What causes autism? What we know, don’t know and suspect
The best current estimate is that there is a 50-80% concordance for identical twins and a 5-20% concordance for fraternal twins. This indicates a strong genetic component to the condition. The figure for fraternal twins – 5-20% – also represents the chance of a couple who already have a child with autism having a second child with autism (referred to as the “recurrence risk”).
Once scientists have established that the cause of a disorder is influenced by genes, the next task is to identify the exact genes that might be involved. However, after several decades of intensive research, scientists could find no one genetic mutation that all individuals diagnosed with autism shared.
It was these findings (or lack of findings) that led scientists to stop thinking of autism as one condition with one cause. They started viewing it as many different conditions which all have relatively similar behavioural symptoms.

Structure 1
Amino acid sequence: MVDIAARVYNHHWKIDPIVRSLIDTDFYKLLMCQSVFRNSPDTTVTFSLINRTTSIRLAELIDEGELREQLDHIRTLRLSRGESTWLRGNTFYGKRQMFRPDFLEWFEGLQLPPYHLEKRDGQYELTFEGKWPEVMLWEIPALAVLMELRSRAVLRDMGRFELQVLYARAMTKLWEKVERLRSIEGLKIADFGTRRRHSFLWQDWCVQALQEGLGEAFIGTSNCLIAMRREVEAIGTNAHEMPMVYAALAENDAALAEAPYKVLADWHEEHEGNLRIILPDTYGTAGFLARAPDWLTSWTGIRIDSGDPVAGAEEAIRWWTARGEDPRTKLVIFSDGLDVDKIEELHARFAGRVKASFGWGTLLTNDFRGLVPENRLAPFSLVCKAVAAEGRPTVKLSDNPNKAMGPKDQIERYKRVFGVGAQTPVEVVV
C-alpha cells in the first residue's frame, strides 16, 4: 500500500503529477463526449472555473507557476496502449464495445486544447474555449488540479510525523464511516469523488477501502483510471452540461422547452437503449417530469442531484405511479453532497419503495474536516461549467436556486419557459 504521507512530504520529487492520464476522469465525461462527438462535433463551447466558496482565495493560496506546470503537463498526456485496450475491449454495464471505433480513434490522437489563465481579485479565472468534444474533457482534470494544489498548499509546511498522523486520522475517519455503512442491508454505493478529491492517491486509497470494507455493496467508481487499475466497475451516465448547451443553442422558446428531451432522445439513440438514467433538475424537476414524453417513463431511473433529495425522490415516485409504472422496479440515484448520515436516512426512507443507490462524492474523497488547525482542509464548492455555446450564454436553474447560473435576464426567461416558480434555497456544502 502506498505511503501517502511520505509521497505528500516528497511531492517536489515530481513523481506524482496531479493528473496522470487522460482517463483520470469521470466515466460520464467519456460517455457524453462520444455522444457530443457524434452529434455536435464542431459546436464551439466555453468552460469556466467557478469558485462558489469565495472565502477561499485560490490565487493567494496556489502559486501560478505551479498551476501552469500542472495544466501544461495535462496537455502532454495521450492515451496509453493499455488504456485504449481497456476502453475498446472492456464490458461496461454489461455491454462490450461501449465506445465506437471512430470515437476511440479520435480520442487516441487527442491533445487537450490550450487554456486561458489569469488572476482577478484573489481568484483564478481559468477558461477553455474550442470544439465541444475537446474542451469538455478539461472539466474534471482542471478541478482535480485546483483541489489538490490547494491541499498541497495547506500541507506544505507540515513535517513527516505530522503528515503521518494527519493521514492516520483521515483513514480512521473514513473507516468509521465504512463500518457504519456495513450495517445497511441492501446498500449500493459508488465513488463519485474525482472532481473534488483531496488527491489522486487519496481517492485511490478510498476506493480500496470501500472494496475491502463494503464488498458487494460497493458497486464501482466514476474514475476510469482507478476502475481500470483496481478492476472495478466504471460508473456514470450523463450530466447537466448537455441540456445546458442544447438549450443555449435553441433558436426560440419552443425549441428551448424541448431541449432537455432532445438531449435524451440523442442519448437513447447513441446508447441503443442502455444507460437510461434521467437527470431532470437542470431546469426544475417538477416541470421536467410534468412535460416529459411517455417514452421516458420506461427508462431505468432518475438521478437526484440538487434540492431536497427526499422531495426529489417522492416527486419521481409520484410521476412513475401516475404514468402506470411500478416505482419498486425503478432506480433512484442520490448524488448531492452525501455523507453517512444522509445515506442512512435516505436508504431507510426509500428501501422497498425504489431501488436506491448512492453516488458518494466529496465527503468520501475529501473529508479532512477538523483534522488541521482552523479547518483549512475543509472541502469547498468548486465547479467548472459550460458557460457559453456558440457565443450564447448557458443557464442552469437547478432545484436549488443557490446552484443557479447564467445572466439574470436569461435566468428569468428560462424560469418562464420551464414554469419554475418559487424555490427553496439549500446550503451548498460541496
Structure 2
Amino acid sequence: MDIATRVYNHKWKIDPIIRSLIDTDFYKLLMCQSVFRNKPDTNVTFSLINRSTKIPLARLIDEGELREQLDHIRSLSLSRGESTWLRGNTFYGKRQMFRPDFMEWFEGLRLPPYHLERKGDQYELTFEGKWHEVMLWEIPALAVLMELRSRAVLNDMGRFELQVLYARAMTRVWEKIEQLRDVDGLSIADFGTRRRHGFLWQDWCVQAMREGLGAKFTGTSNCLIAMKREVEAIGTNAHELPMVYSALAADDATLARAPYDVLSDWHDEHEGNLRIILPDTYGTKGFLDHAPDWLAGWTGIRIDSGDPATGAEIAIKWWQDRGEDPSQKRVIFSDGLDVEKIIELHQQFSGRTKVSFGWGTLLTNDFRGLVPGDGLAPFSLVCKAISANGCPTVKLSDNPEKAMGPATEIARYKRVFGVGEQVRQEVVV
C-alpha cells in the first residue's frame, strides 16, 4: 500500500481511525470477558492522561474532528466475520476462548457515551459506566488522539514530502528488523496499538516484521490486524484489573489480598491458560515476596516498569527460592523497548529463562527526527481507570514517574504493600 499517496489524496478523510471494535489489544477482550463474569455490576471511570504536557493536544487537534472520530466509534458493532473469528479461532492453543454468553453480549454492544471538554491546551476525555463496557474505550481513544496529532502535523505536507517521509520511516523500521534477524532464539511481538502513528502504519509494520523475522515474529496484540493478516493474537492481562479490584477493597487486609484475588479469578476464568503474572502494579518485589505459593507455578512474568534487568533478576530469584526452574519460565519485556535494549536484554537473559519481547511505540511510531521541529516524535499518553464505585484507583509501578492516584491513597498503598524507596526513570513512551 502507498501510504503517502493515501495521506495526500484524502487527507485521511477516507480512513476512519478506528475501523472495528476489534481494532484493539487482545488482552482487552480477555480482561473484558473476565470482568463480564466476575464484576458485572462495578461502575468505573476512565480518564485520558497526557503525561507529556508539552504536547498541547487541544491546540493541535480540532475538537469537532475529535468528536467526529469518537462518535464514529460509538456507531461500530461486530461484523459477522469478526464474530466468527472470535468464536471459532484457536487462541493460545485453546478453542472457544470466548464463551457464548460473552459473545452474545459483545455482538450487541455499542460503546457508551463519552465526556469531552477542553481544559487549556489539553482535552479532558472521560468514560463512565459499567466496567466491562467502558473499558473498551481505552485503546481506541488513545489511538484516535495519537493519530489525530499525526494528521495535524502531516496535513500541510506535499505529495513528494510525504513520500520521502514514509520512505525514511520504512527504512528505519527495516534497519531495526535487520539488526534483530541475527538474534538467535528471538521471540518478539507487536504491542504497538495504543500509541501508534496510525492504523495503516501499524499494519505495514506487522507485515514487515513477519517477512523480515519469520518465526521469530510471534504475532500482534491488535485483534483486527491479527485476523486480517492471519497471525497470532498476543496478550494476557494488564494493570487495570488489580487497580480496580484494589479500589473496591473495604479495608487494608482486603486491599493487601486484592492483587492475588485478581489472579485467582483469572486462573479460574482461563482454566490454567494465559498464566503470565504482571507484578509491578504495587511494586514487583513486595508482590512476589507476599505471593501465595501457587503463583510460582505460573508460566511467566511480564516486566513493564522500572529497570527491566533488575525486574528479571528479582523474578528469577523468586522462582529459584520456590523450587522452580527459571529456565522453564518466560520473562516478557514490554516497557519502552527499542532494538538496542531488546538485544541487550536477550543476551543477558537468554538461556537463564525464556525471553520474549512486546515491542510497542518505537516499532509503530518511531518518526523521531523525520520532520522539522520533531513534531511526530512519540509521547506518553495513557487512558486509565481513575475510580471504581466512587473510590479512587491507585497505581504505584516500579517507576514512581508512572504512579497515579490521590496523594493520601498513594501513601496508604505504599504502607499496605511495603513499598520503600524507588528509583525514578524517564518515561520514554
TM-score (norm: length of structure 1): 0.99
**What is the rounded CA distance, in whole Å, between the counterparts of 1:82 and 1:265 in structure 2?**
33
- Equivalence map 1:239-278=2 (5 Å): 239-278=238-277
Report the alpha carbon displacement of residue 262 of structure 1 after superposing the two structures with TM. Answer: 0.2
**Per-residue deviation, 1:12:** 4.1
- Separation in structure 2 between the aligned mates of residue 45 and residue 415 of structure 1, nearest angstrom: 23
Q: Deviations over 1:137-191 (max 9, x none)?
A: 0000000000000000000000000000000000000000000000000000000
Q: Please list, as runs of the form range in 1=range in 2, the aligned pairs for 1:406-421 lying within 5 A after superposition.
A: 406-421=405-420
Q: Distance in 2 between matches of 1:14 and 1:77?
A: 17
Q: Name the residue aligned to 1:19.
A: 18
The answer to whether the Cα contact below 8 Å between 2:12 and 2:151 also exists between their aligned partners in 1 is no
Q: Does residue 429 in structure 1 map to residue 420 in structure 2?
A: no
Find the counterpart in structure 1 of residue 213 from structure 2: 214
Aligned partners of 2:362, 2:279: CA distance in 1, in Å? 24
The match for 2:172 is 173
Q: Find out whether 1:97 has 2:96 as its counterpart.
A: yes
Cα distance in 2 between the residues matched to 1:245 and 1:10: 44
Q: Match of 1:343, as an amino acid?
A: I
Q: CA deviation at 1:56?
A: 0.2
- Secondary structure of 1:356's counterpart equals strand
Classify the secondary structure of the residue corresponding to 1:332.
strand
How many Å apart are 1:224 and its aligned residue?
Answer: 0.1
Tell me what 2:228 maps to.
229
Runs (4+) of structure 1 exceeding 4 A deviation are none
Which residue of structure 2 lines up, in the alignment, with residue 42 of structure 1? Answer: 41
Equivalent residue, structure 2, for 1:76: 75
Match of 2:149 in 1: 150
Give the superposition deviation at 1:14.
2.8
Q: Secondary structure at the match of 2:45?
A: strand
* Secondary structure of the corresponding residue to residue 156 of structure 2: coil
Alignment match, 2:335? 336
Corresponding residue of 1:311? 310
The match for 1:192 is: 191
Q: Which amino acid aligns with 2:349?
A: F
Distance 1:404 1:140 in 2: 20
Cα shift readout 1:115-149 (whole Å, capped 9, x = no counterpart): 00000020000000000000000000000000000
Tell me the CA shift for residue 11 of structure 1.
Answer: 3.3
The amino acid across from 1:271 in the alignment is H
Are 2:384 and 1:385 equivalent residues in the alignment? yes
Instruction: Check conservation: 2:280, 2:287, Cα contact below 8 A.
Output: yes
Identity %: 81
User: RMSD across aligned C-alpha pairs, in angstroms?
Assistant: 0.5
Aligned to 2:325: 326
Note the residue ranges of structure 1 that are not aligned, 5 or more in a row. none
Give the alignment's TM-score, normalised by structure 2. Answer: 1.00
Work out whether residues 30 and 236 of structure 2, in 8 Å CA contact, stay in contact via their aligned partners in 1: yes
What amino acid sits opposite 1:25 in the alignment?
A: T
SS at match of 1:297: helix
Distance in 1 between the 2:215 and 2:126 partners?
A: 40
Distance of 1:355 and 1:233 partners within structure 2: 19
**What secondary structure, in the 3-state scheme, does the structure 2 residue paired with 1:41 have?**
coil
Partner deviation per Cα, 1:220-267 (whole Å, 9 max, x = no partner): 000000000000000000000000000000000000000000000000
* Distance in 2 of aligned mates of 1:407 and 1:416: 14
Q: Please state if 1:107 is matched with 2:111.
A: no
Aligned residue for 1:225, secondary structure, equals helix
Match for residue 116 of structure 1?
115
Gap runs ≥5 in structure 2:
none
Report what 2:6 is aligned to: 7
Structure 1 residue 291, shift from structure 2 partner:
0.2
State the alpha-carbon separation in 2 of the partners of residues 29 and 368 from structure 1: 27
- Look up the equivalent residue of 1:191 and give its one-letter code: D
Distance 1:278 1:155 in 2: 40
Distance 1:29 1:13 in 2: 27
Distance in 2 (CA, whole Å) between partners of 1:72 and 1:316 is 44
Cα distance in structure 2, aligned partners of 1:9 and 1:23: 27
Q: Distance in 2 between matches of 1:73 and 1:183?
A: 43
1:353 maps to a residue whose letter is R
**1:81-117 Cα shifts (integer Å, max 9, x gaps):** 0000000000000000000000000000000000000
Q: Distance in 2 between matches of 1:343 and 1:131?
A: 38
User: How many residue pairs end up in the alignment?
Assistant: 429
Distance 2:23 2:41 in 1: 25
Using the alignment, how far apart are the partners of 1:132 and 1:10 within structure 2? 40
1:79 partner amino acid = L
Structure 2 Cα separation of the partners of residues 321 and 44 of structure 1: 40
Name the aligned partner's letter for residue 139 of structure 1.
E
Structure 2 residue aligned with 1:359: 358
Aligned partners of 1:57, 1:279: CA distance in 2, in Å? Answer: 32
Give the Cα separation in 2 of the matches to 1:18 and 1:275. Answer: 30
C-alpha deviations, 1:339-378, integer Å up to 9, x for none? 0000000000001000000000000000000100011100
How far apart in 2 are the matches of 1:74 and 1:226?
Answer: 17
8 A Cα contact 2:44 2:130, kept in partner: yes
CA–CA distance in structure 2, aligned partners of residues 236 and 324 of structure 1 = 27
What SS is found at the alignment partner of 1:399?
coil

This new view of autism has proved extremely fruitful in discovering subtypes of autism. For example, a number of conditions have very clear genetic or chromosomal abnormalities that can lead to autistic behaviours.
These include disorders that have abnormalities of the chromosomes, such as Down syndrome. While no chromosomal condition itself accounts for any more than 1% of individuals with autism, when combined they account for approximately 10-15% of all individuals diagnosed with autism.
The exact genetic abnormalities that may lead to the remaining cases of autism are not completely clear. There are two reasons for this.
The first is that the genetic regions involved are likely to be very complex. Scientists have needed to develop new techniques to examine them.
The second is that it is probable the genetic mutations are very rare and complex. The DNA chain that forms our chromosomes contains more than 3 billion building blocks. To identify small pieces of DNA that may be linked to the development of autism among so many base pairs, scientists need to study a very large number of people with autism.